Last year, shortly before Pesach, a close family friend turned to my brother and myself to enlist our aid:
I'm preparing something for Pesach and I would like to find the Bloch (as in Ariel and Chana) English translation of Shir Hashirim 2, 10-13. Is it available on line? Or do you happen to have a copy of it? (Ours is packed away in our majsan in Oakland.)Being in this way pleasantly distracted from more pressing tasks, I happily joined the search. For me, at least, few activities can be more satisfying than a semi-mindless trek with a clearly defined pot of gold at the end. I don't even claim to be a multi-tasker - I simply love distractions. Though I don't remember precisely what was occupying my time before setting out on this adventure, it was clear that whatever it was, joining the search was going to be more enjoyable. And of course even more enjoyable than getting to the finish line is being diverted into the side streets, the alleys, even the dead ends, that call to you along the way.
the voice of the turtle is heard in our landYes, we understood that "turtle" was a shortening of "turtledove", but even if that made the meter fit, it still didn't make much sense. Another poetically logical question was raised by our requestee. As she later explained:
And, most importantly, how could you have a poem about spring without any birds? And of course they were always there: the nightingale and the turtle doveSo it was clear why a better translation was desired, but how to find it was still a problem. A few rather simple approaches presented themselves, though the fact that I was called in to give it a try suggested that the obvious searches had already been tried, and failed. And of course - if we knew what we were looking for, we wouldn't have to search for it. In other words, the easiest approach would have been to type a line of the text into my search engine of choice (almost always Google) and click on <ENTER>. But if I had a line of the desired text, I wouldn't have to be searching for it.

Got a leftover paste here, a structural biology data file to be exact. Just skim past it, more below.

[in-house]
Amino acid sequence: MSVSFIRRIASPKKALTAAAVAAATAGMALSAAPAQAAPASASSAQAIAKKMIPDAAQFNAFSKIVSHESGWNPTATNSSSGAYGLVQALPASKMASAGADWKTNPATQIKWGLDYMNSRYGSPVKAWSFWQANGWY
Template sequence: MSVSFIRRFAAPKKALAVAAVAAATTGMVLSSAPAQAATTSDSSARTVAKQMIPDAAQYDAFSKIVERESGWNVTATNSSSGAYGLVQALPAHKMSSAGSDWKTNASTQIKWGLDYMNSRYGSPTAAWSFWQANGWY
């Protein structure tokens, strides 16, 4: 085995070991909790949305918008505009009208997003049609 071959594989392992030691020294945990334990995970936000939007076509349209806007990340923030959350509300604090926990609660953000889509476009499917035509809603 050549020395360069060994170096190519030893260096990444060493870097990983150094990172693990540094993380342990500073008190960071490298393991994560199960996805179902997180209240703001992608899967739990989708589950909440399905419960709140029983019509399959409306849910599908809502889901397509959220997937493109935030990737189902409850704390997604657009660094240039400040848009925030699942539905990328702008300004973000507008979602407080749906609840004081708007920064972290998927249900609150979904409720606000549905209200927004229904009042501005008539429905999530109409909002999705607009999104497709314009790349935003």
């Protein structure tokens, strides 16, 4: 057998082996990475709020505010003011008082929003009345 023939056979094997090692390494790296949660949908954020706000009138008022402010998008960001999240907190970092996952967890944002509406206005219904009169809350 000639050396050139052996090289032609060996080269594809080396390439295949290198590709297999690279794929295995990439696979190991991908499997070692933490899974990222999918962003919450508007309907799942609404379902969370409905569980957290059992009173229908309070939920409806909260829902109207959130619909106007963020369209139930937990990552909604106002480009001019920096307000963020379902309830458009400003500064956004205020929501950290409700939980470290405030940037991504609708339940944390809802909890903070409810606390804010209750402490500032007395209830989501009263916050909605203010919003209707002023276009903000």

I wasn't overly hopeful, but there was definitely a possibility....
And it turned out that my "possibility" hit the jackpot.
And sometimes jackpots are even richer than we expect. What I got to was a Word document with the entirety of the Bloch translation. Their book is, of course, much more than "simply" the translation, but the verses we wanted were there, as part of the entire wonderful translation. My attempts, however, to backtrack from that document to precisely where it was housed were only partially successful. The file was on the website of the English Department of National Central University ... of Taiwan.
After the fact, it's interesting to try and find other instances of the text on additional websites. In this particular case, working backwards proved to be less productive than I might have hoped. Once I had the desired translation, checking to see on how many other sites it shows up is very easy. But it turns out that the answer is apparently very few. Within Google Book Search, in addition to the online excerpts of the Bloch translation itself, only two other books seem to quote the text. Beyond these, I only found four other pages where the Bloch translation seems to be used.
These "reverse search" examples were found well after I'd successfully found what I had originally set out to find. Having found the text on that Taiwanese university site there wasn't much reason to continue searching. The goal had been reached. Still, there was the inevitable lingering question: Why there? Was it being used in a course, was a guest lecturer perhaps going to use it? I really don't know. It was simply there. And frankly, to my mind that's a happy ending - we found the verse we were looking for, but the mystery remains.
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